So training began, one on one at first. I would hook each Shiba up to the wagon to see how well they preformed and run them around the yard until they were too tire to run any more. Then I would train them by twos side by side they would pull that wagon around the yard and all was grand. Until the time came when I would try to harness all five shiba's to the wagon Buddha in the lead. It was chaos, like children fighting over standing single file for the first time. Don't touch me. Your too close. Ew who stinks? Well, I'm too pretty for all of this! Such nerve! Was the mix of attitudes I got from our pack. I tried to make them pull but some would lay down, other would nip while others would just plant their feet and not move. What was I to do? How do real sled dog trainers teach their dogs? I certainly didn't have a clue. I had decided I needed to research this more and perhaps find better equipment if this was to work. But Buddha wasn't about to have that, he must have sensed my defeat and as he had forced his pack into line when we walked around the block he began to force them into line to pull. We all ran laps around the yard with me cheering them on. The tails began to wag and the shiba smiles began to look up at me as I praised them. THAT'S MY BABIES!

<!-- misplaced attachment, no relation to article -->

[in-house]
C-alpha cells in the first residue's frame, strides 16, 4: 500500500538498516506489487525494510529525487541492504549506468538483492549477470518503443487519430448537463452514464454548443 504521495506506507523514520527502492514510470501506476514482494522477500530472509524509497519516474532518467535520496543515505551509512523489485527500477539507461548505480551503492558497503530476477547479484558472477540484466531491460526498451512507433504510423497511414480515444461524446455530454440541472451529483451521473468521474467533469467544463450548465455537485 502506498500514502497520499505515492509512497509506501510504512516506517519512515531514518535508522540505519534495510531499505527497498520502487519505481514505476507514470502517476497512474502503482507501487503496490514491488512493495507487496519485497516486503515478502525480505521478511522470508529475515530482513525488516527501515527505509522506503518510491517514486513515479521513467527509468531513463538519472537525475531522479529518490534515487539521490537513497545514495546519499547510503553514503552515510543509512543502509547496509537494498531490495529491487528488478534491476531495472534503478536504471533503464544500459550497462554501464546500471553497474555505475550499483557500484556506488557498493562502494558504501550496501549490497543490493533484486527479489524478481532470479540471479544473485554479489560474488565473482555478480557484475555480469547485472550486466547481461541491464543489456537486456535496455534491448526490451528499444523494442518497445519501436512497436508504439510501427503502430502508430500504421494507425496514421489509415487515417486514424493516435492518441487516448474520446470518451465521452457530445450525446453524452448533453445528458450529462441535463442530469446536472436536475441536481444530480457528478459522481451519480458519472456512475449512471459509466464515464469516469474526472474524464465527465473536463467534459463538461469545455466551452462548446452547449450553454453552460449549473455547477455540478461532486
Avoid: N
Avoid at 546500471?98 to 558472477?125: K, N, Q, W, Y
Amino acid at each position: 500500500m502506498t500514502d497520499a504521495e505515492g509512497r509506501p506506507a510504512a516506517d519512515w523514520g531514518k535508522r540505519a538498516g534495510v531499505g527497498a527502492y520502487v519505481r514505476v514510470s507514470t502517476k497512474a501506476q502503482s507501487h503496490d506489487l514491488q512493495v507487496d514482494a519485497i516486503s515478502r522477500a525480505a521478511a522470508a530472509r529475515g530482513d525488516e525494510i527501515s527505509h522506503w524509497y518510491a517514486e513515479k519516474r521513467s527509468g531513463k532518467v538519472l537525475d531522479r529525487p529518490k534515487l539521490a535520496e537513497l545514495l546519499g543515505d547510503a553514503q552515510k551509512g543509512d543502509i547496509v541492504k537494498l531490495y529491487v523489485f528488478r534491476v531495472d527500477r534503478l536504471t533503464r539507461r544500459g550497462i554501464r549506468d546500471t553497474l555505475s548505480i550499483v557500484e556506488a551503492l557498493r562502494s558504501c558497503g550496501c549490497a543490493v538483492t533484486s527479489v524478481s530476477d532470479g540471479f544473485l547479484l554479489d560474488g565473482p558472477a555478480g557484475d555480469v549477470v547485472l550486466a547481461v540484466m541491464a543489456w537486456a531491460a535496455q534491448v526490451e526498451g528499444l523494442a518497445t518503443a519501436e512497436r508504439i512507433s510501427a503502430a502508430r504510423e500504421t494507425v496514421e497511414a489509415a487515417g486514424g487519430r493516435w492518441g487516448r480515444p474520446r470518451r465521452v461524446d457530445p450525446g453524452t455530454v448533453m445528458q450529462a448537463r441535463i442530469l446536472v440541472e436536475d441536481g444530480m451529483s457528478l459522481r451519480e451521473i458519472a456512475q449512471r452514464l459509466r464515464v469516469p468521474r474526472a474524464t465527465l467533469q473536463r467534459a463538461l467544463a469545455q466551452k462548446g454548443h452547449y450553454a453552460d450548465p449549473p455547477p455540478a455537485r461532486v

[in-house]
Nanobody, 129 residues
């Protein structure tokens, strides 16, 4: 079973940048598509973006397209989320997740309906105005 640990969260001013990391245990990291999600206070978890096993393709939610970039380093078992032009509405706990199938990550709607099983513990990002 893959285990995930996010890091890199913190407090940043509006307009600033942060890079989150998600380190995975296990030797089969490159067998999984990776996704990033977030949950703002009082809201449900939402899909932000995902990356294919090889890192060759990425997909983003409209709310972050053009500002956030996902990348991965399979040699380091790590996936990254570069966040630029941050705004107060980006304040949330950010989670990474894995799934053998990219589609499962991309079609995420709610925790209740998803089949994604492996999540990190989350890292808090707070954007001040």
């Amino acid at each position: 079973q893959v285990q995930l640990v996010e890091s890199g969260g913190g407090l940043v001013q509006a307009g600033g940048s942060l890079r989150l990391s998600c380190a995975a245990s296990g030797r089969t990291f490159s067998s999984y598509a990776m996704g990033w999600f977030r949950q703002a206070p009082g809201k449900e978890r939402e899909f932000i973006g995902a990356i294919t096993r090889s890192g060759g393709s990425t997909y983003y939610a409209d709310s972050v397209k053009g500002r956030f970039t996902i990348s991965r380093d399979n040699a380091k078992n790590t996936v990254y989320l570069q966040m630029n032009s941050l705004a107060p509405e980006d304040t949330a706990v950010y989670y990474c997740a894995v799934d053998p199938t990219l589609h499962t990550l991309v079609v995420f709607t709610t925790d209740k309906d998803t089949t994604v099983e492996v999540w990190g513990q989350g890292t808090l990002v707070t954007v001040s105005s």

But life was about to change for all of us. We bought a new house far out in the country. It was supposed to be a happy time. A bigger house, with a bigger yard. Lots of room to run and play for all of my little babies.
But with the move came complications and a lot of responsibilities that demanded adult attention.